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Cape Fur Seal Snorkelling for Beginners!

written by Chanele Jenkinson

Snorkeling with Cape Fur seals in Cape Town.

Posted on Friday, 31 January 2014

I wake up with a stomach of butterflies… Today is the day I get the opportunity of snorkelling with seals! I’d seen many pictures, watched a few video’s and heard nothing but elated stories from others that had done the trip before.

 

We make our way to Hout Bay, Cape Town  to Steve Benjamin’s “Animal Ocean”, where we are greeted by Steve and his two guides. As I’m given all my gear, the excitement heightens. Once everyone is ready and kitted up we are given a brief on where exactly we are going, the basic information on the Cape Fur Seals, and the do’s and don’ts.

 

Finally it’s time to board the rubber duck and make our way to Duiker Island (the seal island of Hout Bay). As soon as we get outside the harbour walls, Steve tells us to hold on and increases speed.

 

We arrive and what a sight… Seals frolicking in the water and having a look at us as we approach, an island covered by seals of all sizes, the sound of young seals (which sounds very similar to sheep) can be heard constantly, all teamed up with Mount Sentinel as a back drop. With all of this to take in, as well as the sun beating down on us in our thick wetsuits, I was certainly ready to jump right in!

 

The shot-line is in the water and we’re given the go ahead. I don my mask, snorkel and fins and slide off the boat into the water. All is well when suddenly the wetsuit seems to be getting tighter on my chest. I think it’s temporary, maybe wetsuits get tighter in the water? The tightness doesn’t go away, and I start to panic. The water seemed to have gotten rougher, however I’m adamant I won’t put my snorkel in my mouth as surely water will come in the top? I try to put my face in the water but water seems to come into the mask, rushing to my nose and eyes. This has now turned into full on panic while trying to stay on my back and keep my head up so as to not constantly swallow sea water. After what felt like ages but in “non-panic time” was maybe 10 – 12 minutes, and after the guide and my colleague re-assuring me that my mask and snorkel were working fine, I slowly began to believe they must be right, but I was still on edge! My colleague sternly tells me to put my snorkel in my mouth, takes my hand, and we start swimming towards the seals. For now I’m focusing on calming my breathing and getting this all to work. Look through the mask, breathe through the snorkel, why am I so scared? Suddenly a seal darts below me and all I catch is a glimpse! With that I forget about my panic, or concentrating on how to breathe, I want to see more! We swim a bit further and we have reached them; a handful of seals swimming around us. I feel like a little child in a sweet shop, I’m not sure where to look. Some seals continue to dart through all the snorkelers, having a blast in the water. Others bob on the surface with their flippers in the air having a look around. I’m here, and this is happening, I forget I’m in the ocean, even the currents were no longer a  worry.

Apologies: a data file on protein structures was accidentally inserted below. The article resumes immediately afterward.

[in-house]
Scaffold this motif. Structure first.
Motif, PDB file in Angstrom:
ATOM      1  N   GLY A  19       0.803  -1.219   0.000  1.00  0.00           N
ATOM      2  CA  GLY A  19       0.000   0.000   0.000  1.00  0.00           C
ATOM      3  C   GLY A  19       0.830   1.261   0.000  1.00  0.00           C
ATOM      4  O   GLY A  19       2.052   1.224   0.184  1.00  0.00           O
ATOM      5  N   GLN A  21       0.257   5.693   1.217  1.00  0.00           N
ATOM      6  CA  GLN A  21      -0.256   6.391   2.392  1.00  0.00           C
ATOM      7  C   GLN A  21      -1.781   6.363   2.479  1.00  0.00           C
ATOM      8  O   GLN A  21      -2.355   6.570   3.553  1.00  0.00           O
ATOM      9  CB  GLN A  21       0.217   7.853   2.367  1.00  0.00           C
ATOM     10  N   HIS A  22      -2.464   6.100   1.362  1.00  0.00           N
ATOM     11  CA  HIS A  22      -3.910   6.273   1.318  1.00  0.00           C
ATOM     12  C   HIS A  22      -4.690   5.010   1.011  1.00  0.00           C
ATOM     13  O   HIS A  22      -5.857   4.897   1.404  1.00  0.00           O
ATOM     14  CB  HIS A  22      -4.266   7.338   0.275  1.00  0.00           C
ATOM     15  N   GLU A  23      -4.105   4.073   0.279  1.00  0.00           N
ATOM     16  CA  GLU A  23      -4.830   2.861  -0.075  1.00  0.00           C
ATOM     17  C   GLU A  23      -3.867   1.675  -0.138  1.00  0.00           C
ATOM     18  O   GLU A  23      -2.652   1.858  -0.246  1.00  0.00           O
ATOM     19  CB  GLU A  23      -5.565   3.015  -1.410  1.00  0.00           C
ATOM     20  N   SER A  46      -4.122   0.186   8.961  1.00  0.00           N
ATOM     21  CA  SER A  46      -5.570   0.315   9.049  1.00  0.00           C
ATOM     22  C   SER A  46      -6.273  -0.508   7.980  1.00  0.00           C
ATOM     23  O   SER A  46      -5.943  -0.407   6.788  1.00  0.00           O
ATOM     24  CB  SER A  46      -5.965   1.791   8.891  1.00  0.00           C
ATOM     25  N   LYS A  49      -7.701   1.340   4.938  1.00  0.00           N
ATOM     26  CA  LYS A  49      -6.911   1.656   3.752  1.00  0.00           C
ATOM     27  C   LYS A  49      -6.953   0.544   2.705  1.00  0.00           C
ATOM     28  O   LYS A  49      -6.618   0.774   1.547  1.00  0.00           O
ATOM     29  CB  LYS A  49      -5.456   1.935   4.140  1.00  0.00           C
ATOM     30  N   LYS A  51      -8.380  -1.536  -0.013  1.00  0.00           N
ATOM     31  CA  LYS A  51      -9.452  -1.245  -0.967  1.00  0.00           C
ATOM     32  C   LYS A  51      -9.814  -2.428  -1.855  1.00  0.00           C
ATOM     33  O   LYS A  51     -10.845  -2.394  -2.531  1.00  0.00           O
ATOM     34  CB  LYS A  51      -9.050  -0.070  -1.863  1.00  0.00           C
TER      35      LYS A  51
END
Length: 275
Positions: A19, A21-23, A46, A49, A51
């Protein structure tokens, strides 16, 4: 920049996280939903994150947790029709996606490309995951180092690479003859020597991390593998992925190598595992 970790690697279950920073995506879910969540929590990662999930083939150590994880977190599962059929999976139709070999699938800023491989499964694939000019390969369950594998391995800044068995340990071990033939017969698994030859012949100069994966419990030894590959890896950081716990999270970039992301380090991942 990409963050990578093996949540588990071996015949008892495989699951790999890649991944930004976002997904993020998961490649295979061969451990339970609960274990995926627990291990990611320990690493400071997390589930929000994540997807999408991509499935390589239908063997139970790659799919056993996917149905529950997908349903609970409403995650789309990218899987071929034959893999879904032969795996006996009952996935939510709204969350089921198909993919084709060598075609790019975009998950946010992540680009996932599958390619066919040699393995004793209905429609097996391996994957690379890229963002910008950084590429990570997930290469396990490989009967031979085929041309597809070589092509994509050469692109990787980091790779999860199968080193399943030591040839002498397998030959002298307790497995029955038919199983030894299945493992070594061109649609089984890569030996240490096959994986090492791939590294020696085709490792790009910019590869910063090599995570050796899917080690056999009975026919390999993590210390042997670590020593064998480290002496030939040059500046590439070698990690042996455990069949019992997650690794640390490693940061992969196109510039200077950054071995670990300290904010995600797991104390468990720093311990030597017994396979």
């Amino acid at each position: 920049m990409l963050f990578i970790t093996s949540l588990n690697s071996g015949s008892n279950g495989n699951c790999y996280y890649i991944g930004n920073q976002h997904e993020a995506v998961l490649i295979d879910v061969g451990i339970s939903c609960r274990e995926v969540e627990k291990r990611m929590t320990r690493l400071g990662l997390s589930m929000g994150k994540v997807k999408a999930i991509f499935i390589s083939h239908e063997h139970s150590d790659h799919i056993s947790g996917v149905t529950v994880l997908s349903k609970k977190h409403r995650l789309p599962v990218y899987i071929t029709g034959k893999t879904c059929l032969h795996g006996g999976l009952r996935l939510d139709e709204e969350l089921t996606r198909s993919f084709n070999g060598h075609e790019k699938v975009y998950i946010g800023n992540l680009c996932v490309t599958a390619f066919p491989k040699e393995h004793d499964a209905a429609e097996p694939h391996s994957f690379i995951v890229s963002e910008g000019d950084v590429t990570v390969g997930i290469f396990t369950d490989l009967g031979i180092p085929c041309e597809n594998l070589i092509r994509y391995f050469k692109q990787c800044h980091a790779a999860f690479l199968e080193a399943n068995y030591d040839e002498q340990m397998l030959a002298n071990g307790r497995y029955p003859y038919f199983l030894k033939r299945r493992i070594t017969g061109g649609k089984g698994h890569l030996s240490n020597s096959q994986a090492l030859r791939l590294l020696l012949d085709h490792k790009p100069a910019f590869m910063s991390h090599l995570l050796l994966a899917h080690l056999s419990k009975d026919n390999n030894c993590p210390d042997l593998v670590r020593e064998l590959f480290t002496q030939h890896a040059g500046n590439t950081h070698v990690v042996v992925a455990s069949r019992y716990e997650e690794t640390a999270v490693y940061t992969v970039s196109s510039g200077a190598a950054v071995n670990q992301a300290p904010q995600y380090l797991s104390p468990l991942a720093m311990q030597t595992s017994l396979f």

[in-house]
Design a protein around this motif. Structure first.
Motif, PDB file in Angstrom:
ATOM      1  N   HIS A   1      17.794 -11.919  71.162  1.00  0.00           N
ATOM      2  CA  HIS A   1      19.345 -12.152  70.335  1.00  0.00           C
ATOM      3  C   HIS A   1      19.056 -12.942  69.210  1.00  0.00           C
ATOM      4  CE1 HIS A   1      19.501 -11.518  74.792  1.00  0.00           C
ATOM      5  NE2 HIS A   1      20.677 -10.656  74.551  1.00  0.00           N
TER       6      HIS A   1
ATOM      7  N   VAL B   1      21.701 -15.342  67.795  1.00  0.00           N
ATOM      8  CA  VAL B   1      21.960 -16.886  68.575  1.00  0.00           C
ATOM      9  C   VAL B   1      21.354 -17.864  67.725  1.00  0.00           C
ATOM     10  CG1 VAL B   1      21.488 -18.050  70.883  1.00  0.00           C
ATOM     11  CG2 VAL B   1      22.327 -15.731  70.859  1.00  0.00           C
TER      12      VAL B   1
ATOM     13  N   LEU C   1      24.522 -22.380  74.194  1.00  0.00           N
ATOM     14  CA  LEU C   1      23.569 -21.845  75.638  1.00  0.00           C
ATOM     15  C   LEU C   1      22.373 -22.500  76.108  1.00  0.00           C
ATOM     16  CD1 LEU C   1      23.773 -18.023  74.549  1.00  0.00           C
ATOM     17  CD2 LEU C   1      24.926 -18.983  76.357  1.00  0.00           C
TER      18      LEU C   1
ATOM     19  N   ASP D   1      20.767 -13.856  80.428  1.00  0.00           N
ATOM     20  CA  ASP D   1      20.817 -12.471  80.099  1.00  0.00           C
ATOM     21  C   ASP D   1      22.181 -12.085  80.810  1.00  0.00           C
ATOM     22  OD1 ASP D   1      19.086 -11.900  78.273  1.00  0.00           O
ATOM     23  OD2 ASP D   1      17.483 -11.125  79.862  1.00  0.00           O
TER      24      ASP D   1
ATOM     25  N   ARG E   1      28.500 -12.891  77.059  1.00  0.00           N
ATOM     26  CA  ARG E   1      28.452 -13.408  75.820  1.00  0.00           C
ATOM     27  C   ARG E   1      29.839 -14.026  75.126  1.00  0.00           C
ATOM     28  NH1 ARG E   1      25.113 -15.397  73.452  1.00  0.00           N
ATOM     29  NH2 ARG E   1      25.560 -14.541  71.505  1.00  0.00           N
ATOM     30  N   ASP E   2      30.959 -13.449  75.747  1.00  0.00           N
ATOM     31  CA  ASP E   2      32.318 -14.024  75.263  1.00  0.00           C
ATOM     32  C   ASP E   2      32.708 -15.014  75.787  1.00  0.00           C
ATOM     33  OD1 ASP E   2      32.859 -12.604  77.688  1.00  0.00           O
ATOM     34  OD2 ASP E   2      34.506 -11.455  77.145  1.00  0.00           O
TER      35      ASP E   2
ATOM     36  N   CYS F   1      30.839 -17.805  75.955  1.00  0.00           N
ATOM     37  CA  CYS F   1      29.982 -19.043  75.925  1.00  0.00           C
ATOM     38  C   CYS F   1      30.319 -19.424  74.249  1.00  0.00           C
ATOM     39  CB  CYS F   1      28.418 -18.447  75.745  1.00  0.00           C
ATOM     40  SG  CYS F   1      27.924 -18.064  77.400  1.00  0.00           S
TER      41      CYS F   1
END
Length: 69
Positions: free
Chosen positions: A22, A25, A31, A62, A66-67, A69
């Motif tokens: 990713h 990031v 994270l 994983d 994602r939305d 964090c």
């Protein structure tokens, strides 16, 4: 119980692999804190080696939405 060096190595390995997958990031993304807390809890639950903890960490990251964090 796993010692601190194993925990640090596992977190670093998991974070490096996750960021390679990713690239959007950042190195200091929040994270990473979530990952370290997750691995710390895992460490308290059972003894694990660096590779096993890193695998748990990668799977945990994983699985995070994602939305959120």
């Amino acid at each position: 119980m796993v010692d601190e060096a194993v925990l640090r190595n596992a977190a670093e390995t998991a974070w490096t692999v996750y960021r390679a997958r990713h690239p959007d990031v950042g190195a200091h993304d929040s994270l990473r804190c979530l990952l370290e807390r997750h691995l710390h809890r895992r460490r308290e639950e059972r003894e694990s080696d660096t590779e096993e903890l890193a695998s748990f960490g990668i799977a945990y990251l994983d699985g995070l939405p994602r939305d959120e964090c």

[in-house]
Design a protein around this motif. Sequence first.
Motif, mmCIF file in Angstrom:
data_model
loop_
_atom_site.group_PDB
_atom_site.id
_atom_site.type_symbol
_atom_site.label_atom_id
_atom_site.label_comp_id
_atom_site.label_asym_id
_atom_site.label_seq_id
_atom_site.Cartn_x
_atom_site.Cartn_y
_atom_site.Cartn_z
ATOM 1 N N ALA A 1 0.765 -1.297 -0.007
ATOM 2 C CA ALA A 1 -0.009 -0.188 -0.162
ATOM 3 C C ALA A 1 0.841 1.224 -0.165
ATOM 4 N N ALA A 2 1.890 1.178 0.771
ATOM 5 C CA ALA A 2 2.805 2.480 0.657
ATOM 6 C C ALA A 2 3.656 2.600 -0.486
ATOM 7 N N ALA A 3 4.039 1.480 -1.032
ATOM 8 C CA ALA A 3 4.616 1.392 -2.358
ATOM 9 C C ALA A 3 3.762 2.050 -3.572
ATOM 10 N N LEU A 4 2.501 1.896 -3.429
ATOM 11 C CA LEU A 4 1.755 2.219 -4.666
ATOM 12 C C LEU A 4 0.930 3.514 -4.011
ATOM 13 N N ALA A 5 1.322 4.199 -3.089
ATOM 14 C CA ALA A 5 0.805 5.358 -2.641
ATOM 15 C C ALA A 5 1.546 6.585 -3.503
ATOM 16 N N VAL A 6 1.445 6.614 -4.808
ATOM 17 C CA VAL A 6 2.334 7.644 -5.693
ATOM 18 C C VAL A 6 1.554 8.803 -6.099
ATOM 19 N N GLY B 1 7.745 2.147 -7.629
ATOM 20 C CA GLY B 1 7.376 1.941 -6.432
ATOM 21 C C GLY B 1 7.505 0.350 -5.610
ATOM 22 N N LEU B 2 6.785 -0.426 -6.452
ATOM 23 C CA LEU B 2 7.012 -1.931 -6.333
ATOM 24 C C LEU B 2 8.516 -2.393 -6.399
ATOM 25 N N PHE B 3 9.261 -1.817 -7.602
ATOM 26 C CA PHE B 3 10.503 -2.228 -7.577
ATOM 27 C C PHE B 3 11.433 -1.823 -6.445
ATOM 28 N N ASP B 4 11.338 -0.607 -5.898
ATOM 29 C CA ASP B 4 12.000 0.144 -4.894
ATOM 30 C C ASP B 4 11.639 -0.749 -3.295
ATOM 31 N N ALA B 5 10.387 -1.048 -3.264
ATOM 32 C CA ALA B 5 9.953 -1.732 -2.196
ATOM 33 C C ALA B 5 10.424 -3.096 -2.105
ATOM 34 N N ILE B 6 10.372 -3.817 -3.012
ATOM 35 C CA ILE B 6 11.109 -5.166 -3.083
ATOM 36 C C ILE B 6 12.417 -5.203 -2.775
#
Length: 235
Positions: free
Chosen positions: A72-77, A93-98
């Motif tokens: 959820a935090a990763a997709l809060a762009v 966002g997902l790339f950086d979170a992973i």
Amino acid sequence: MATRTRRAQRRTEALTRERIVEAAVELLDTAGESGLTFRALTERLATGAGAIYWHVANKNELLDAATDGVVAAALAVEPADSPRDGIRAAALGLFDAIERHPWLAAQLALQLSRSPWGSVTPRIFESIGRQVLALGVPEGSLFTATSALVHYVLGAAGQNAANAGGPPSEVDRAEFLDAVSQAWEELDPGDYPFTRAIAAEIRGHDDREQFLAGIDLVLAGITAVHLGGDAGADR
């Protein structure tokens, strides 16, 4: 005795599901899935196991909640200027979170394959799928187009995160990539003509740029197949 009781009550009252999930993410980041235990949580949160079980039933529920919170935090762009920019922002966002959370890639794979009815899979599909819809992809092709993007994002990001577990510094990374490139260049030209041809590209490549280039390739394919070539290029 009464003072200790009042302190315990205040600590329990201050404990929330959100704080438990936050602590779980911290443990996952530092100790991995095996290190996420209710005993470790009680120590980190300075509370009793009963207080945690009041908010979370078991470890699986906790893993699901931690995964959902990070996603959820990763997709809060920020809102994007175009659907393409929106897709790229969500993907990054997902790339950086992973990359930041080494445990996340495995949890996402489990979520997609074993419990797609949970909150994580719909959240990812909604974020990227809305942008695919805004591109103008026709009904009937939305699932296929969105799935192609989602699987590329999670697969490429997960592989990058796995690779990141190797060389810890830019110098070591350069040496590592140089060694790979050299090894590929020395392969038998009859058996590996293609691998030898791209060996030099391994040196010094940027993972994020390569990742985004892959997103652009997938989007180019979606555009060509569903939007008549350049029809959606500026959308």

We swim a bit further and we have reached them; a handful of seals swimming around us. I feel like a little child in a sweet shop, I’m not sure where to look.

With calmness having been restored, I am again able to take in the beauty, this time of the world under the water…  While waiting for seals to pass I find myself looking at the seaweed, the plants and mussels, and how everything sways in the current.  Something that would usually seem so boring is now fascinating me. I hear my colleague talking and think she is talking to me, but quickly realise it is a seal, maybe one meter in front of us. It stays there for a short while, sussing us out, before blowing bubbles at us and swimming away. This happened numerous times, although they were more interested in swimming around franticly and riding the waves than giving us too much attention. We decide we’ve had enough of the currrent, and decide to get back on board. I sit for a while just staring at the seals, completely perplexed by what I had just experienced… I had the same feeling when I did a cage dive with Great White Sharks. To be so close to nature, and experience them in their natural habitat is an experience not many can top, as any nature enthusiast will tell you.

 

From this trip, I discovered I have a deep down fear of the ocean and the power  it possesses, but also an eagerness to do it again and become comfortable enough to face my fear, and be able to take full advantage of the time given to me to make the most of the experience. As stunning as the ocean is, we should never forget that it too is a part of the nature we seek to enjoy, and it too has a wild side. This is a respect that I will always keep with me.

 

So a big thank you for the opportunity, to the guide who stayed near me until I was alright to start snorkelling, and a special thank you to my colleague Karyn for quickly making me come to the realisation that there was no need to panic, and to just enjoy myself and relax. This is such a special trip to experience, and can be done by anyone from children to adults, absolute beginners (such as myself) to the experts, who also have the option to scuba. The only requirement is that you need to be able to swim. It’s not a long trip, so be sure to include this tour in your visit to Cape Town. You can find more information on seal snorkeling here.

Tags:

Marine Life, Cape Fur Seal, Seal Snorkeling

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